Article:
Bremerton approves photo enforcement

Just when it appeared the Bremerton City Council was ready to give a unanimous green light to the city’s proposed red light and school zone photo enforcement program, Big Brother reared his head.

After listening to Council President Will Maupin and Councilman Brad Gehring express how their views on the proposal had changed, Councilman Adam Brockus stated that he simply couldn’t support the program for deeply held philosophical reasons.

“It’s the premise that the government needs a camera and a computer to watch over its citizens,” he said. “By even taking this first step do we send a message to citizens that we don’t trust them to do good, that we need to watch over them at all times?”

The program, which will be implemented through a contract with Redflex Traffic Systems, is costing the city $4,850 a month per camera for the Ohio-based firm to administer it.

The city’s current contract is for eight cameras, which could placed in eight different locations, four locations with two cameras or a combination of those, Bremerton Police Department Lt. Pete Fisher said.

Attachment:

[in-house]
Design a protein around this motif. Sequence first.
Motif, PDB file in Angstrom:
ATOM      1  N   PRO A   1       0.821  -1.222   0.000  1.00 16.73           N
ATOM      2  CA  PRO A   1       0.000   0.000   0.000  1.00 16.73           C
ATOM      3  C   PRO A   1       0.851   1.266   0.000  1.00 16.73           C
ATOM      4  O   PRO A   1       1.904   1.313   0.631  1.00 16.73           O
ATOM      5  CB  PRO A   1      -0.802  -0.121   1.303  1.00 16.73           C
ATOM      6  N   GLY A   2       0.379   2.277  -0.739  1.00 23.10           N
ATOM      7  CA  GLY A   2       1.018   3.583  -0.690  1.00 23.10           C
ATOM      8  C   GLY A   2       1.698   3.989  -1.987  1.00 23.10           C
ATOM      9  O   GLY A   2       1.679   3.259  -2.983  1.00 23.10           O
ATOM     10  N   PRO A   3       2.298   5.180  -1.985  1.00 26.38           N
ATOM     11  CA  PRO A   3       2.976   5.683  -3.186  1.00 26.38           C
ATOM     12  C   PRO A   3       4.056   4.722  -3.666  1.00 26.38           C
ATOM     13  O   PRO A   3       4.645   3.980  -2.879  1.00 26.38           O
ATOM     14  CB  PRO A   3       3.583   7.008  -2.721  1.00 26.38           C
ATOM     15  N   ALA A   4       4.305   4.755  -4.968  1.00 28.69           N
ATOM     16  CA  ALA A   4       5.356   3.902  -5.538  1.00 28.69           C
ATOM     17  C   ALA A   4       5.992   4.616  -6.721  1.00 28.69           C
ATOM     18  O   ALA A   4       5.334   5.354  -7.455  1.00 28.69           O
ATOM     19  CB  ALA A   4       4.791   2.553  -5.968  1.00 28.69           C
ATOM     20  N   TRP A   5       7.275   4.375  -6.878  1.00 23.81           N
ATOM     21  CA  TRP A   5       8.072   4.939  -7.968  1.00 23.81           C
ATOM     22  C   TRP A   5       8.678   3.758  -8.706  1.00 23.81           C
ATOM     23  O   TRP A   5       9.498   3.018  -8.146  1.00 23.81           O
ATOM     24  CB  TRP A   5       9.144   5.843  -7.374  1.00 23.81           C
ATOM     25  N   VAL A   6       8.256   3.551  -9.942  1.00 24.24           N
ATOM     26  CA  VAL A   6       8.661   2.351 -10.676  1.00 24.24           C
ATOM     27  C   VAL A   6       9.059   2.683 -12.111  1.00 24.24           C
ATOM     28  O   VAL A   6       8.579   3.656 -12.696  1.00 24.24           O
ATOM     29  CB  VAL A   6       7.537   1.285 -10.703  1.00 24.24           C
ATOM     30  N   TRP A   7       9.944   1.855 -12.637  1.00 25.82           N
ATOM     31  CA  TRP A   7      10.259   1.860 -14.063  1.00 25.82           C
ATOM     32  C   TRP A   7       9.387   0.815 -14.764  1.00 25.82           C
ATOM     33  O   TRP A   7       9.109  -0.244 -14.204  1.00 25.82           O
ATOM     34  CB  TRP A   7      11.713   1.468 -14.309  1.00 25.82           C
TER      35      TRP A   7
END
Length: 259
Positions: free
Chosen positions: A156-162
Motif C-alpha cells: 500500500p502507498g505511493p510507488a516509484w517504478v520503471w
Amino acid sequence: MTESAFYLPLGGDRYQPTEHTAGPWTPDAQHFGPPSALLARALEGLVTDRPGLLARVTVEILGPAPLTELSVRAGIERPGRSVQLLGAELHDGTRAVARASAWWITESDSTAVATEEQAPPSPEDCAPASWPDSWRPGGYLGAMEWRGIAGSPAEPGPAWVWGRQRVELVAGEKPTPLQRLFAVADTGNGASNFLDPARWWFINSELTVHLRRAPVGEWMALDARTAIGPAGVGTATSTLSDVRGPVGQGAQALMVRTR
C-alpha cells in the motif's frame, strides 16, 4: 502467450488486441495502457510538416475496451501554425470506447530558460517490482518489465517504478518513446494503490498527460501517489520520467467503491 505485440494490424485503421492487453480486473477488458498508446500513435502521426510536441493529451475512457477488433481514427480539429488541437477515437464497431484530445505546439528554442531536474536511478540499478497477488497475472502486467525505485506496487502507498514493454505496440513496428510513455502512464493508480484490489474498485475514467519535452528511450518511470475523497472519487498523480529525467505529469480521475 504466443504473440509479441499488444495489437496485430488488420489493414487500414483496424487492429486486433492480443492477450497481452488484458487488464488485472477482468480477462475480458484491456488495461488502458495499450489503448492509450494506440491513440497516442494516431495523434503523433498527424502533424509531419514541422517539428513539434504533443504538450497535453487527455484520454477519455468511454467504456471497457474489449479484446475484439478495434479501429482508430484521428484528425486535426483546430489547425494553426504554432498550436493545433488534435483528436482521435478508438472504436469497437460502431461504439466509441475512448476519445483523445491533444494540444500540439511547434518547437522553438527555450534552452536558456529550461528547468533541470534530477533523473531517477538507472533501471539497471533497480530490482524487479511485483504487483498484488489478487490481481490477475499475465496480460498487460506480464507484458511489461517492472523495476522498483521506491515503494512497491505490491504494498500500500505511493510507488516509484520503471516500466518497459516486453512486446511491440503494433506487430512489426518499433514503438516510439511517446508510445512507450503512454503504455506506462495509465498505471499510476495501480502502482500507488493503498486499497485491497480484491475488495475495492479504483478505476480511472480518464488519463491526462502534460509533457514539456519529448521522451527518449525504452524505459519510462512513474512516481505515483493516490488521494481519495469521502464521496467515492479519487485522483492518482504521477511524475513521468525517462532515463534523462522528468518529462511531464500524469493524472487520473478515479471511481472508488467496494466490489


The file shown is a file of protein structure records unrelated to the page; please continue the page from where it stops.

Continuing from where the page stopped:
“Photo enforcement will allow us to perform enforcement in places where it is difficult to place an officer,” Fisher said, noting that some intersections such as the Sylvan Way/Wheaton Way intersection are notorious for red-light runners, but there is no safe way for officers to adequately cover that area.

While drivers will be cited for speeding or traffic signal violations, the tickets won’t appear on their driving record and the cost for those can only be a much as the city’s highest parking ticket, which is $250 for parking in a handicapped space, Fisher said.

Red-light violators could receive a $124 ticket in the mail, and speeders will be fined $189. There will be a 30-day grace period once the program begins.

Although those citations could be challenged in Bremerton Municipal Court, Redflex will provide a six-second video to document the infraction, Fisher said.

That explanation along with the previous discussions about the proposal were enough to satisfy both Maupin and Gehring.

“The bottom line is this increase our safety,” Gehring said. “I was initially opposed to the idea, but you really answered all my questions.”

The idea of having cameras watching the city’s motorists isn’t appealing, but because of the large number of red-light runners and change in driving habits, something had to be done, Gehring said.

Maupin, too, said he initially was opposed to the idea of Big Brother keeping an eye on motorists, but the potential benefits from the program outweighed the drawbacks.

“It not only gets people who are committing a traffic violation,” Maupin said. “It allows the officer to be somewhere else.”

However, at the end of the debate, Brockus still found a way to get the last word.

“I hope Bremerton doesn’t make any money for you,” Brockus told a Redflex representative in attendance. “I hope the good people of Bremerton will drive safe.”

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